Government

And you wonder why health care is costly πŸ€‘πŸ˜·πŸ˜·πŸ€‘πŸ˜·

My wife and are enrolled in Medicare and have supplemental coverage through an employer self-insured plan administered by a major insurance company.

Our claims go to Medicare and then are spun off to the supplemental plan administrator.

Once every few months we receive an explanation of benefits from Medicare which is several pages of information the average person has trouble understanding. Then, several weeks later we receive another explanation of benefits from our supplemental plan.

Know where it is going

Know where it is going

So, for even for a simple office visit we may receive up to twelve sheets of paper.

Today I received such a EOB from the supplemental plan. It includes five sheets of paper double-sided.

The first sheet is the mailing address and summary of the claim. The second lists details of each service including seven different message codes. The third page is information about the EOB and my appeal rights. The fourth page tells me if I need help understanding all this who to call and it tells me so in Spanish, Chinese, Korean, Portuguese, Gujarati, Polish, Italian, Tagalog, Russian, Haitian Creole, Hindi, Vietnamese, French, and Navajo.

The fifth page is a notice of non discrimination.

A great deal of this information and process is in compliance with laws and regulations.

Think of all the systems, individuals and facilities that must support all this… and this is just a tip of the iceberg.

Now I could elect to go paperless, that saves paper but it doesn’t change the processes or legal requirements… or much of the cost.

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Categories: Government, Healthcare

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3 replies »

  1. It reminds me when my father asked me what I did in the USAF once I had made it into a senior leadership role as a Master Sergeant. I told him I no longer worked on the F-15 avionics equipment, I killed trees, paperwork. LOL. Government regulations cost the economy trillions of dollars each year, most of that cost is passed on in higher prices for goods and services.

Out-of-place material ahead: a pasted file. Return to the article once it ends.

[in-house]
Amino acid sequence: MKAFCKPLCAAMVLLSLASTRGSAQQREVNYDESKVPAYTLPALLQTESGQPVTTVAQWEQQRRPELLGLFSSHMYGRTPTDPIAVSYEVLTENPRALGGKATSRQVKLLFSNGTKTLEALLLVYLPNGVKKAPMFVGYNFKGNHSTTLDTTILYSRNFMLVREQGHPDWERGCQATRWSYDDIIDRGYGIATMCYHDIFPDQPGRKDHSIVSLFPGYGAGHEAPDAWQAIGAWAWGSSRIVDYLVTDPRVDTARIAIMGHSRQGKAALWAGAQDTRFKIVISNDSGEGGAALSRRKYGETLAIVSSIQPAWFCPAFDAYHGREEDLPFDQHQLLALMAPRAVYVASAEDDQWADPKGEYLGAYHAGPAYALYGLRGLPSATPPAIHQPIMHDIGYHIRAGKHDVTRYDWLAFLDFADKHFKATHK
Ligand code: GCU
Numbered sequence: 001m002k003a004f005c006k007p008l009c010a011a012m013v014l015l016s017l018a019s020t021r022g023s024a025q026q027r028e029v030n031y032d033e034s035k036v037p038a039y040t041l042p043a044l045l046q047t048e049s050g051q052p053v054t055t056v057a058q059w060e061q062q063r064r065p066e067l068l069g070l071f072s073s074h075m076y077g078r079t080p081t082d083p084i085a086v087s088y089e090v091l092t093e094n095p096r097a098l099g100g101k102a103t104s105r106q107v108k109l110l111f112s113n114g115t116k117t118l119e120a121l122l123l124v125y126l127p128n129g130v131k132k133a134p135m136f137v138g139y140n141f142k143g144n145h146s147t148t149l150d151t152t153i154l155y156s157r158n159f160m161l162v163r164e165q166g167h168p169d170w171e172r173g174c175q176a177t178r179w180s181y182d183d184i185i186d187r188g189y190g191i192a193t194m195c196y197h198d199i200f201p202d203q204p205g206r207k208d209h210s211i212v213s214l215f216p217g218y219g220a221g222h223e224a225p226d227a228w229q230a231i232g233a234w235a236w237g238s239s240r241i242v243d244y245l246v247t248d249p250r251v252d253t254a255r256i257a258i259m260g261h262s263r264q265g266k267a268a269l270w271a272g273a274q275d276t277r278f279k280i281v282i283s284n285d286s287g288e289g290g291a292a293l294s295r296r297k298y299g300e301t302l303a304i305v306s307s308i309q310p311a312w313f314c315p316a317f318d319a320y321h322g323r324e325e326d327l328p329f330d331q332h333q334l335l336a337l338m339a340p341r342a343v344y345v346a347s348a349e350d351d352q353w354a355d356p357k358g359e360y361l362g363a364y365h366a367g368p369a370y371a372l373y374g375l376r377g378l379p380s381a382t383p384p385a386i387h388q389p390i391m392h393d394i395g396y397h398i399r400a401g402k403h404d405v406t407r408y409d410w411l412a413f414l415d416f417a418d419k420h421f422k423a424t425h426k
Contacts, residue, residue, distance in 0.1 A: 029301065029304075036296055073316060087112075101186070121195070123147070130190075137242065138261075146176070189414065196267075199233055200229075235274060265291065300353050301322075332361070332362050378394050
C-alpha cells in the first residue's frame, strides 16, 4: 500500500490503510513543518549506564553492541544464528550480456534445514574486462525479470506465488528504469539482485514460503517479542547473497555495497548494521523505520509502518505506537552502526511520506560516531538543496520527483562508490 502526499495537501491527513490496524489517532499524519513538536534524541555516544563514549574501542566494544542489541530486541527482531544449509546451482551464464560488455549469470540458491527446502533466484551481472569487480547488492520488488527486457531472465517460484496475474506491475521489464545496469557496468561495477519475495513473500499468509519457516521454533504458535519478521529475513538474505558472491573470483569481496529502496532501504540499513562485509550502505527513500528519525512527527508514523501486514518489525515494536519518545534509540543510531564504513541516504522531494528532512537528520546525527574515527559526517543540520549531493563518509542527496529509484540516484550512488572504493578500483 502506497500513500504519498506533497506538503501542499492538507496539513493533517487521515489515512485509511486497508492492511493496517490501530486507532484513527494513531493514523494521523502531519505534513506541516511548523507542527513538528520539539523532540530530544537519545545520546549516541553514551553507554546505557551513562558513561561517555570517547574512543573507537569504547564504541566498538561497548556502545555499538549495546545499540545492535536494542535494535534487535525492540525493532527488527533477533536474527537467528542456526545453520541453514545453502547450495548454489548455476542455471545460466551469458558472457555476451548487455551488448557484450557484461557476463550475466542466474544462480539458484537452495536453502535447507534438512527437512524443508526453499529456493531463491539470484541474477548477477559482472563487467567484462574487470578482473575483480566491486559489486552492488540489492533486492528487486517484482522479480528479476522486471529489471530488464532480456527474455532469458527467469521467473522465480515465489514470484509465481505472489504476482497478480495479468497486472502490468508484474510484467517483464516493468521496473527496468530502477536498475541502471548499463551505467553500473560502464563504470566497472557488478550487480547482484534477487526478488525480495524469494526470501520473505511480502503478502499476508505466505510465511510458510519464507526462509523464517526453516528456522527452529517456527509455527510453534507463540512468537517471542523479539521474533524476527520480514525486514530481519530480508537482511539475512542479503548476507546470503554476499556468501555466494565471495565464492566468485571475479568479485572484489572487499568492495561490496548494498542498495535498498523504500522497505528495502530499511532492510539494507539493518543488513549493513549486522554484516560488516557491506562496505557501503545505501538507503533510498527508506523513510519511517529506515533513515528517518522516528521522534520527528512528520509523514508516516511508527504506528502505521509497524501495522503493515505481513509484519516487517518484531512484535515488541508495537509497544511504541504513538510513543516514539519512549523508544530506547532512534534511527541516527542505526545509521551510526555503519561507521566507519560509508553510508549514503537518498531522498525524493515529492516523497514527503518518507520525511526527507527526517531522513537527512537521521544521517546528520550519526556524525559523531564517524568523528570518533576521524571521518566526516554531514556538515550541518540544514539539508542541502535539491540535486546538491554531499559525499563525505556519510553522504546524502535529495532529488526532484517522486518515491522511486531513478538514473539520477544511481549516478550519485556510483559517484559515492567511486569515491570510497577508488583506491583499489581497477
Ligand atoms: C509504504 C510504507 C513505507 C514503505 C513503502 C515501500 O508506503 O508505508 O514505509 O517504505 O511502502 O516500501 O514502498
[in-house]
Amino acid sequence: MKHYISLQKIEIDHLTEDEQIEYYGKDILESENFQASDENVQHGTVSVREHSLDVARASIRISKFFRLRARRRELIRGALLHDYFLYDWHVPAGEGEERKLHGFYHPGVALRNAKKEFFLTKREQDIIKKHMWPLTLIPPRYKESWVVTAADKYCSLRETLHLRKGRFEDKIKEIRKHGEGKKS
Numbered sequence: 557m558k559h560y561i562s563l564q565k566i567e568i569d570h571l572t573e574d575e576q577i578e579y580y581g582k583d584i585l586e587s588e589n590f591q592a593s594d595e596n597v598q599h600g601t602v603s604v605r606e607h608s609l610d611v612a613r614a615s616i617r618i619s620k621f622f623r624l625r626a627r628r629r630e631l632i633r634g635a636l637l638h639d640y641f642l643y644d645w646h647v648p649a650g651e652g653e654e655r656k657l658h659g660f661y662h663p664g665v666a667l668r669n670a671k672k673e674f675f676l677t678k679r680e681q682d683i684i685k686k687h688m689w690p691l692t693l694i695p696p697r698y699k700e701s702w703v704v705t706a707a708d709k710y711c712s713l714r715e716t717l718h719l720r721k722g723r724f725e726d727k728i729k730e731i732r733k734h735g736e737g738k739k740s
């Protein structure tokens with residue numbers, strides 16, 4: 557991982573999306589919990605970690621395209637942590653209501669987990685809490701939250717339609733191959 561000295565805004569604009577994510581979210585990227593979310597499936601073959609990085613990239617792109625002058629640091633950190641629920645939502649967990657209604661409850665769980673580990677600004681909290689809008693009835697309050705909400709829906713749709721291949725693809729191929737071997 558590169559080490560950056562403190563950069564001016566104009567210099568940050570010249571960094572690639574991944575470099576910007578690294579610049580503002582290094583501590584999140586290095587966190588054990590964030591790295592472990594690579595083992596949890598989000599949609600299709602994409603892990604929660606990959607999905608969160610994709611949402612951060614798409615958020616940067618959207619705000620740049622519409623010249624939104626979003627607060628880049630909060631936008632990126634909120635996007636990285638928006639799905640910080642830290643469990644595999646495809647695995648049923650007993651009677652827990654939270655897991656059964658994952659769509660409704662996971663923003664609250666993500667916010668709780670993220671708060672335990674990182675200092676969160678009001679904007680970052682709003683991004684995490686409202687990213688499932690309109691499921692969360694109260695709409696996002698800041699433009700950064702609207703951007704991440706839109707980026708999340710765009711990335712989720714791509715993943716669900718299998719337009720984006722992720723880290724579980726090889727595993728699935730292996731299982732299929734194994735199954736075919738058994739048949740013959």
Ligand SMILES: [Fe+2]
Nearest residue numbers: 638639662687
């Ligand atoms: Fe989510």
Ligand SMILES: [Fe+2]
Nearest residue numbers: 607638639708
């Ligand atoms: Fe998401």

I have to laugh sometimes when I hear tax the rich corporations they are not paying their fair share. When are people going to take a basic economics class and realize those costs are passed on to the end customer.

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  2. When I get my EOB, it usually starts off with this is not a bill with a bunch of meaningless codes and usually a denial of payment to the doctor. On the second attempt of the billing and denial, I might call to find out what the problem is. Usually the third attempt some money changes hands.

    This year my eye doctor was not paid for over 9 months and I never knew it. Had I known, I would have made few calls. Can you imagine waiting 9 months for your paycheck?

    Multiple billings and the costs of waiting or borrowing money to cover operating costs while waiting for payment has got to add to the cost of healthcare all in the name of controlling costs. I hope it is saving us money.

    The funny thing about the EOB codes is half the time BC/BS doesn’t even know exactly why something was denied. I think they just use the shotgun approach and hope one of the codes is correct.

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  3. I wrote a paper on the worthlessness of most mandated disclosures. And, the DOL worked a whole year on a model EOB. It is on the shelf over there somewhere. But, what I saw tells me it would have been a disaster – as they sat, a jackass is a horse as designed by a government committee.

    Personally, when I get to Medicare, I hope to find an open, pffs Medicare advantage option – so my EOB will be one

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